South Beach Diet was a very good starting point, unfortunately it’s been “killed”. There are some promises of revival. The old South Beachers maintain support groups on Facebook.
Although it has some flaws, Montignac Diet, from which South Beach Diet emerged is an interesting one and has some scientific backup. It also has Mediterranean recipes included.
You don’t necessarily need to adhere 100% to a diet, it’s almost impossible to do so.
It may not suit your preferences or lifestyle. 75% would be a good percentage to start with. That’s what I did when I adopted South Beach Diet. For example, I almost don’t eat in the evening, Lunch is my main meal and I had to adapt the diet menus.
Also, I didn’t understand why bananas and potatoes were not recommended and kept eating them. And, surprise, after one year, the official diet put back bananas.
Potatoes are, to this day, not accepted in many diets but this is really wrong. They’re very healthy, only quantities are unhealthy and the cooking methods. Potatoes are still on my menus, with no damage to my weight.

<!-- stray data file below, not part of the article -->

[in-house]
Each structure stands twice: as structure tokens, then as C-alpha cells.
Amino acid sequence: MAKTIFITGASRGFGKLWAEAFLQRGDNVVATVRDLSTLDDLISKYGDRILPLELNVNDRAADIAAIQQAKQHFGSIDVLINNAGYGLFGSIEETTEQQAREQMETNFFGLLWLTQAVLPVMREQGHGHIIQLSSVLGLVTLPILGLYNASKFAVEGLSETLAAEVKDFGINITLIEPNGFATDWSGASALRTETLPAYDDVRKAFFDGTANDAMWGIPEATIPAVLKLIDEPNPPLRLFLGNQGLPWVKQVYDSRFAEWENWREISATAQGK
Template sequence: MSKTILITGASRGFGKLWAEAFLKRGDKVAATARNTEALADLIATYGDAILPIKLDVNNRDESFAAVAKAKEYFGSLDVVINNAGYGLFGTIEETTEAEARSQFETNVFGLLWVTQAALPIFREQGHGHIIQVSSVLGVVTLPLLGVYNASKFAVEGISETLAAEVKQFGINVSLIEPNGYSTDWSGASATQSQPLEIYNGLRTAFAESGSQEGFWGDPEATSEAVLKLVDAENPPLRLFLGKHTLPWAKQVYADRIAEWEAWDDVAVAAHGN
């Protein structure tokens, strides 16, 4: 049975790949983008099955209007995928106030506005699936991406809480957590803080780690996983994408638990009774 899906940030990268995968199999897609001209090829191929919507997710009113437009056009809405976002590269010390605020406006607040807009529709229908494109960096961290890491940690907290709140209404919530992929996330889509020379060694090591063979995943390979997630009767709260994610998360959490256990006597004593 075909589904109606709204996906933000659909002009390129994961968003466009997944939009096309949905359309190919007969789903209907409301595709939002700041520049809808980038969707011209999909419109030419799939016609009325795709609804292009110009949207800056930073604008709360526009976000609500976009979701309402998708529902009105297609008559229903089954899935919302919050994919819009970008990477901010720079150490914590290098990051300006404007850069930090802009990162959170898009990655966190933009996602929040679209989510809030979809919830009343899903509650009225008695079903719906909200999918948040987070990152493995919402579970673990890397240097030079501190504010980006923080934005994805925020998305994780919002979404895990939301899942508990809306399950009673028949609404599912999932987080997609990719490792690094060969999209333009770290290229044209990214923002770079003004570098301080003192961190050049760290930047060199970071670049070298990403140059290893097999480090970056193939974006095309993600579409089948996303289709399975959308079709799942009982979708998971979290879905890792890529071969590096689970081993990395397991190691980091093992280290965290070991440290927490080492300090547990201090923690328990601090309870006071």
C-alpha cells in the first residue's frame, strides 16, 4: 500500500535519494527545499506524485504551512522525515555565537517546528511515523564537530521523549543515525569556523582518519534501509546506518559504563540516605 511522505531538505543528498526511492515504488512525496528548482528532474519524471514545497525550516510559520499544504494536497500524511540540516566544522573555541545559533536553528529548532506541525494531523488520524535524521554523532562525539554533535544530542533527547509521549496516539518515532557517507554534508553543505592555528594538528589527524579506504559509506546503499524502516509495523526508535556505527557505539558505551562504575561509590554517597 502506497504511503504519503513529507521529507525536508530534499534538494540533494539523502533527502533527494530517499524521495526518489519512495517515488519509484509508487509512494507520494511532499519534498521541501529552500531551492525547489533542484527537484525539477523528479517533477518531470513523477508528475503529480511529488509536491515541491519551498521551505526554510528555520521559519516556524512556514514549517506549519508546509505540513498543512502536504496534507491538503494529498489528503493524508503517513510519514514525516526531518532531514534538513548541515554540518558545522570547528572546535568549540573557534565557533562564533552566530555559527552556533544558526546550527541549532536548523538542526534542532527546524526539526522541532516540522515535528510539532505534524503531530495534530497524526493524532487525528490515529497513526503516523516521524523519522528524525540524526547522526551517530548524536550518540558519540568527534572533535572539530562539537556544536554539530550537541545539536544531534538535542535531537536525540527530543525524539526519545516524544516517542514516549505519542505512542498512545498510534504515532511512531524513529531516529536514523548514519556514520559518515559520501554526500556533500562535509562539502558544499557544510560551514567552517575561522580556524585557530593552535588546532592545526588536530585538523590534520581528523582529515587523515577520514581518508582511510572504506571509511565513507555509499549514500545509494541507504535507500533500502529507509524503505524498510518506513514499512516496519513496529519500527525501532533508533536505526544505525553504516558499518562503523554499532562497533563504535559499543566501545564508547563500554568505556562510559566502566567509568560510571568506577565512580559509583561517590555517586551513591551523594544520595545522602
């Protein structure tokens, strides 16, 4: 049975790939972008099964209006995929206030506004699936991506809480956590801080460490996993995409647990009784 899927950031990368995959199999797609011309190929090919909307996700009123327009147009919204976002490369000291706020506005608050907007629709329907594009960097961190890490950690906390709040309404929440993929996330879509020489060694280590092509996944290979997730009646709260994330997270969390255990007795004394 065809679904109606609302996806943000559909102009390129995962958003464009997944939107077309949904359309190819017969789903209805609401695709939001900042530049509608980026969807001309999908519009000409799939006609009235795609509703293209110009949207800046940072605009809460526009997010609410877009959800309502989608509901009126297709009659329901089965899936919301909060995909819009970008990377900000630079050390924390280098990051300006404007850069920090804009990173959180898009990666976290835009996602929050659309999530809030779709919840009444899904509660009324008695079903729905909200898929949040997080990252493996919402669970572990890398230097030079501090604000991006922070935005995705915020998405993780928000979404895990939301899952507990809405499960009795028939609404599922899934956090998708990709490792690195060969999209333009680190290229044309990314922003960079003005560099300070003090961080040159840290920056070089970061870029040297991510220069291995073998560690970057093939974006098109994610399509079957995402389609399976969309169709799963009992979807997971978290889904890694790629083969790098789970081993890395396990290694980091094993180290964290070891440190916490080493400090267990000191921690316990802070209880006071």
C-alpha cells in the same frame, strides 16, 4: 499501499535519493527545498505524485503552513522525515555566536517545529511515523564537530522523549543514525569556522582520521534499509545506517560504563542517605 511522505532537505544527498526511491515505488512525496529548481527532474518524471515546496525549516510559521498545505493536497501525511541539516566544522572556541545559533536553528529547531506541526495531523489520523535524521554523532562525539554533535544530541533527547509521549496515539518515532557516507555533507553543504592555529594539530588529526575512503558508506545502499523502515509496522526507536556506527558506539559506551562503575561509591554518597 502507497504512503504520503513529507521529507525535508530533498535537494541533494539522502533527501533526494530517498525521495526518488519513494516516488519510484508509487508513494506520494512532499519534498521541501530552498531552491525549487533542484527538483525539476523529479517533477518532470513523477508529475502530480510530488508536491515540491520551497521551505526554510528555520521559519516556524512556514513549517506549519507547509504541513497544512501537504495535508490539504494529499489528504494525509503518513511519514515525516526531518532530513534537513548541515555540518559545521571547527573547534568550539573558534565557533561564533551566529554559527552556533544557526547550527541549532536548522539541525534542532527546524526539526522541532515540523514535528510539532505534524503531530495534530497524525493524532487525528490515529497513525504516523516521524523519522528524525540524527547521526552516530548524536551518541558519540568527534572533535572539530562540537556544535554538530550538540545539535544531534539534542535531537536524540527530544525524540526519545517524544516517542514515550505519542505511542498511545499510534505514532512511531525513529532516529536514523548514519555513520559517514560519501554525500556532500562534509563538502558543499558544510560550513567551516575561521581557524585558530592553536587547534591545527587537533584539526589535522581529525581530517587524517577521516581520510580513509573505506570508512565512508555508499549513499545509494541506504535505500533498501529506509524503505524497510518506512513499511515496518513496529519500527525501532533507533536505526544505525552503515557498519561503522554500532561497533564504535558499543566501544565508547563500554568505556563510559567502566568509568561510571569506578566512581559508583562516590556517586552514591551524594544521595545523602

Once you’ve mastered one of the diets, keep a journal, keep track of your weight, waist length, health parameters.
If, over a couple of months you don’t see improvements, start making some changes.
Don’t forget that your diet must be viable (capable of working successfully or feasible) on a long term. A lifelong term, that is, you’ll live with this diet.
Make small changes, don’t rush. See if your changes are doing any good, not immediately but in 2-3 weeks.
Expect that, even successfully, after six months or so, you may hit a plateau. That is, your scale seems to freeze. Don’t panic, just keep on going. Time to review your diet and, maybe, make adjustments and exercise more.
Your diet has to be personalized and maintained to be viable, that’s the whole idea.
One parameter missing from most obesity studies seems to be the stress level. You see age, sex, some health parameters, how many of this or that one eats but nothing to describe the stress level, not even a personal evaluation. Oh, wait, maybe how many hours of sleep you’ve had. Not so relevant, in my opinion.
Yet, one of the major causes of obesity is stress and not necessarily because when you’re stressed , you tend to binge. Stress does something to your body, I’ve learned.